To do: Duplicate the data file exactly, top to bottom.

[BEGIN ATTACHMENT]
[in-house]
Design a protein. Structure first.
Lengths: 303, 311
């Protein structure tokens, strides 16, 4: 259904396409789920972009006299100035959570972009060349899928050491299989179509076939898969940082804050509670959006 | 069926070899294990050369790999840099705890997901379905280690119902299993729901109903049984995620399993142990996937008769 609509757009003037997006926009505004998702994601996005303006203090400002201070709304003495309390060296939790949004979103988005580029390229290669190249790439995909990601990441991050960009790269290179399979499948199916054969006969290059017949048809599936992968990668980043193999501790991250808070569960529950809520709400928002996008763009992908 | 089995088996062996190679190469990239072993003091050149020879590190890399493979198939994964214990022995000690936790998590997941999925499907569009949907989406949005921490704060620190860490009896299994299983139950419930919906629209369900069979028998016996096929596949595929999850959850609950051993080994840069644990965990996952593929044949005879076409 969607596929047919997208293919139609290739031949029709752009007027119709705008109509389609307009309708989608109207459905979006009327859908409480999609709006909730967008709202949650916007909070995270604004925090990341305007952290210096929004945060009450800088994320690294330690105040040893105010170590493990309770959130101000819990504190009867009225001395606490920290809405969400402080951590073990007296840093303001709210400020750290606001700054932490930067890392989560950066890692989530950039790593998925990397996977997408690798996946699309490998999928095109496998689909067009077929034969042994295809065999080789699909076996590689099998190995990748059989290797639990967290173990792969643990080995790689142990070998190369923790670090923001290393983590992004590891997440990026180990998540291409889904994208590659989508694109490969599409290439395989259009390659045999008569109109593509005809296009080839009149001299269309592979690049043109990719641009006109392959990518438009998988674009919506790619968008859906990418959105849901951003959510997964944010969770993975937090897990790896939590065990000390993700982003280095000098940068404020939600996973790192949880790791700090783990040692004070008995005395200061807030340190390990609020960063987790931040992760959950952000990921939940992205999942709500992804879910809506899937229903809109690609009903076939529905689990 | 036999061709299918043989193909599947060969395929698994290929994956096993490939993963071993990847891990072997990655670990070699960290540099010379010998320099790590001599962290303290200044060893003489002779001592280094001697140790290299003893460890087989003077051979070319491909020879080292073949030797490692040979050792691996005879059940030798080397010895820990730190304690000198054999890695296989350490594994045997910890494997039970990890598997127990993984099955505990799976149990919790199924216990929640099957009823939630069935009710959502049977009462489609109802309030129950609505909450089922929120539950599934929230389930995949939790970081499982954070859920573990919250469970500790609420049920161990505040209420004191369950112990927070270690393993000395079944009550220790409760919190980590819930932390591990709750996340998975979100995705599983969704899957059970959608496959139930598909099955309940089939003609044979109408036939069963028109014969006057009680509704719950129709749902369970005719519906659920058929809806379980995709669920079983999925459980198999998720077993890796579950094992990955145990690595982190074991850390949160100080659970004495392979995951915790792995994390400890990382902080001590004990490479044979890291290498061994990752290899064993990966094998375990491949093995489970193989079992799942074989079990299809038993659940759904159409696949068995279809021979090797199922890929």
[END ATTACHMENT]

[in-house]
Design a protein. Structure first.
Lengths: 303, 311
């Protein structure tokens, strides 16, 4: 259904396409789920972009006299100035959570972009060349899928050491299989179509076939898969940082804050509670959006 | 069926070899294990050369790999840099705890997901379905280690119902299993729901109903049984995620399993142990996937008769 609509757009003037997006926009505004998702994601996005303006203090400002201070709304003495309390060296939790949004979103988005580029390229290669190249790439995909990601990441991050960009790269290179399979499948199916054969006969290059017949048809599936992968990668980043193999501790991250808070569960529950809520709400928002996008763009992908 | 089995088996062996190679190469990239072993003091050149020879590190890399493979198939994964214990022995000690936790998590997941999925499907569009949907989406949005921490704060620190860490009896299994299983139950419930919906629209369900069979028998016996096929596949595929999850959850609950051993080994840069644990965990996952593929044949005879076409 969607596929047919997208293919139609290739031949029709752009007027119709705008109509389609307009309708989608109207459905979006009327859908409480999609709006909730967008709202949650916007909070995270604004925090990341305007952290210096929004945060009450800088994320690294330690105040040893105010170590493990309770959130101000819990504190009867009225001395606490920290809405969400402080951590073990007296840093303001709210400020750290606001700054932490930067890392989560950066890692989530950039790593998925990397996977997408690798996946699309490998999928095109496998689909067009077929034969042994295809065999080789699909076996590689099998190995990748059989290797639990967290173990792969643990080995790689142990070998190369923790670090923001290393983590992004590891997440990026180990998540291409889904994208590659989508694109490969599409290439395989259009390659045999008569109109593509005809296009080839009149001299269309592979690049043109990719641009006109392959990518438009998988674009919506790619968008859906990418959105849901951003959510997964944010969770993975937090897990790896939590065990000390993700982003280095000098940068404020939600996973790192949880790791700090783990040692004070008995005395200061807030340190390990609020960063987790931040992760959950952000990921939940992205999942709500992804879910809506899937229903809109690609009903076939529905689990 | 036999061709299918043989193909599947060969395929698994290929994956096993490939993963071993990847891990072997990655670990070699960290540099010379010998320099790590001599962290303290200044060893003489002779001592280094001697140790290299003893460890087989003077051979070319491909020879080292073949030797490692040979050792691996005879059940030798080397010895820990730190304690000198054999890695296989350490594994045997910890494997039970990890598997127990993984099955505990799976149990919790199924216990929640099957009823939630069935009710959502049977009462489609109802309030129950609505909450089922929120539950599934929230389930995949939790970081499982954070859920573990919250469970500790609420049920161990505040209420004191369950112990927070270690393993000395079944009550220790409760919190980590819930932390591990709750996340998975979100995705599983969704899957059970959608496959139930598909099955309940089939003609044979109408036939069963028109014969006057009680509704719950129709749902369970005719519906659920058929809806379980995709669920079983999925459980198999998720077993890796579950094992990955145990690595982190074991850390949160100080659970004495392979995951915790792995994390400890990382902080001590004990490479044979890291290498061994990752290899064993990966094998375990491949093995489970193989079992799942074989079990299809038993659940759904159409696949068995279809021979090797199922890929």